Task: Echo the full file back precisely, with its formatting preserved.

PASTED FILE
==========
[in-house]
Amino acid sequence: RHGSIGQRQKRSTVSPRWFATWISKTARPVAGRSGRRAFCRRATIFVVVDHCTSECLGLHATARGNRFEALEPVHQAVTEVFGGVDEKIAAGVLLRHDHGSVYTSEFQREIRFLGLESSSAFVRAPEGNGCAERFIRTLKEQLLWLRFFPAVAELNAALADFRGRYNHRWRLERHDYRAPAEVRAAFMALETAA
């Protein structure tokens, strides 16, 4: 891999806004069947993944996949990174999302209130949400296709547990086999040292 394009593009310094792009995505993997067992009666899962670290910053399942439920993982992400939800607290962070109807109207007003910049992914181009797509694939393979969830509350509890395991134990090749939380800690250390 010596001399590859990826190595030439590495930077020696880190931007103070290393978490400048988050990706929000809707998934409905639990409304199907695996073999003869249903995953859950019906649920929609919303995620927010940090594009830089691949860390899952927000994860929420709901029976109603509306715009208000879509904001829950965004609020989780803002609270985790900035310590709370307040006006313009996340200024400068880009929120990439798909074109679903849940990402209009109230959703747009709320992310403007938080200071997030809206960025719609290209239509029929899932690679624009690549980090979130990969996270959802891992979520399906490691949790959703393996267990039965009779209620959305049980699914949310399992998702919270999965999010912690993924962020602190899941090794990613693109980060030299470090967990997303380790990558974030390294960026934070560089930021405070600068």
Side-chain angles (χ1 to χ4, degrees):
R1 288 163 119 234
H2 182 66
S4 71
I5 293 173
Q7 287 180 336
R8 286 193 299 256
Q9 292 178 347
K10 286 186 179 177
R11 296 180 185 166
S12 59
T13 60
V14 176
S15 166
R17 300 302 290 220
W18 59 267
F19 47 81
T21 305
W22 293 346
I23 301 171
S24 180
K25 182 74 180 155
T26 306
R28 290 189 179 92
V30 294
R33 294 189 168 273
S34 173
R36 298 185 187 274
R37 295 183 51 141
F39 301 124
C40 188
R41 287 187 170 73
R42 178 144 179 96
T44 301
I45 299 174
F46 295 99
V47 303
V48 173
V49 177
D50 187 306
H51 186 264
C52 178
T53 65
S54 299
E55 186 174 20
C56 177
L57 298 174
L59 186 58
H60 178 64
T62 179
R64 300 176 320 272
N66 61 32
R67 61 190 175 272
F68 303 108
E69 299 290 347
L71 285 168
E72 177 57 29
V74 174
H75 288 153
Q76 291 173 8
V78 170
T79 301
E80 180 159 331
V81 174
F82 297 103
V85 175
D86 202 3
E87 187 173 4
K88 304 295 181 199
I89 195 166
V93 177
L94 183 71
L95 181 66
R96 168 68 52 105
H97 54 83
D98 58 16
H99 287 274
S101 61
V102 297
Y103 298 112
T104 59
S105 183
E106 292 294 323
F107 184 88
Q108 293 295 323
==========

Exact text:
[in-house]
Amino acid sequence: RHGSIGQRQKRSTVSPRWFATWISKTARPVAGRSGRRAFCRRATIFVVVDHCTSECLGLHATARGNRFEALEPVHQAVTEVFGGVDEKIAAGVLLRHDHGSVYTSEFQREIRFLGLESSSAFVRAPEGNGCAERFIRTLKEQLLWLRFFPAVAELNAALADFRGRYNHRWRLERHDYRAPAEVRAAFMALETAA
């Protein structure tokens, strides 16, 4: 891999806004069947993944996949990174999302209130949400296709547990086999040292 394009593009310094792009995505993997067992009666899962670290910053399942439920993982992400939800607290962070109807109207007003910049992914181009797509694939393979969830509350509890395991134990090749939380800690250390 010596001399590859990826190595030439590495930077020696880190931007103070290393978490400048988050990706929000809707998934409905639990409304199907695996073999003869249903995953859950019906649920929609919303995620927010940090594009830089691949860390899952927000994860929420709901029976109603509306715009208000879509904001829950965004609020989780803002609270985790900035310590709370307040006006313009996340200024400068880009929120990439798909074109679903849940990402209009109230959703747009709320992310403007938080200071997030809206960025719609290209239509029929899932690679624009690549980090979130990969996270959802891992979520399906490691949790959703393996267990039965009779209620959305049980699914949310399992998702919270999965999010912690993924962020602190899941090794990613693109980060030299470090967990997303380790990558974030390294960026934070560089930021405070600068």
Side-chain angles (χ1 to χ4, degrees):
R1 288 163 119 234
H2 182 66
S4 71
I5 293 173
Q7 287 180 336
R8 286 193 299 256
Q9 292 178 347
K10 286 186 179 177
R11 296 180 185 166
S12 59
T13 60
V14 176
S15 166
R17 300 302 290 220
W18 59 267
F19 47 81
T21 305
W22 293 346
I23 301 171
S24 180
K25 182 74 180 155
T26 306
R28 290 189 179 92
V30 294
R33 294 189 168 273
S34 173
R36 298 185 187 274
R37 295 183 51 141
F39 301 124
C40 188
R41 287 187 170 73
R42 178 144 179 96
T44 301
I45 299 174
F46 295 99
V47 303
V48 173
V49 177
D50 187 306
H51 186 264
C52 178
T53 65
S54 299
E55 186 174 20
C56 177
L57 298 174
L59 186 58
H60 178 64
T62 179
R64 300 176 320 272
N66 61 32
R67 61 190 175 272
F68 303 108
E69 299 290 347
L71 285 168
E72 177 57 29
V74 174
H75 288 153
Q76 291 173 8
V78 170
T79 301
E80 180 159 331
V81 174
F82 297 103
V85 175
D86 202 3
E87 187 173 4
K88 304 295 181 199
I89 195 166
V93 177
L94 183 71
L95 181 66
R96 168 68 52 105
H97 54 83
D98 58 16
H99 287 274
S101 61
V102 297
Y103 298 112
T104 59
S105 183
E106 292 294 323
F107 184 88
Q108 293 295 323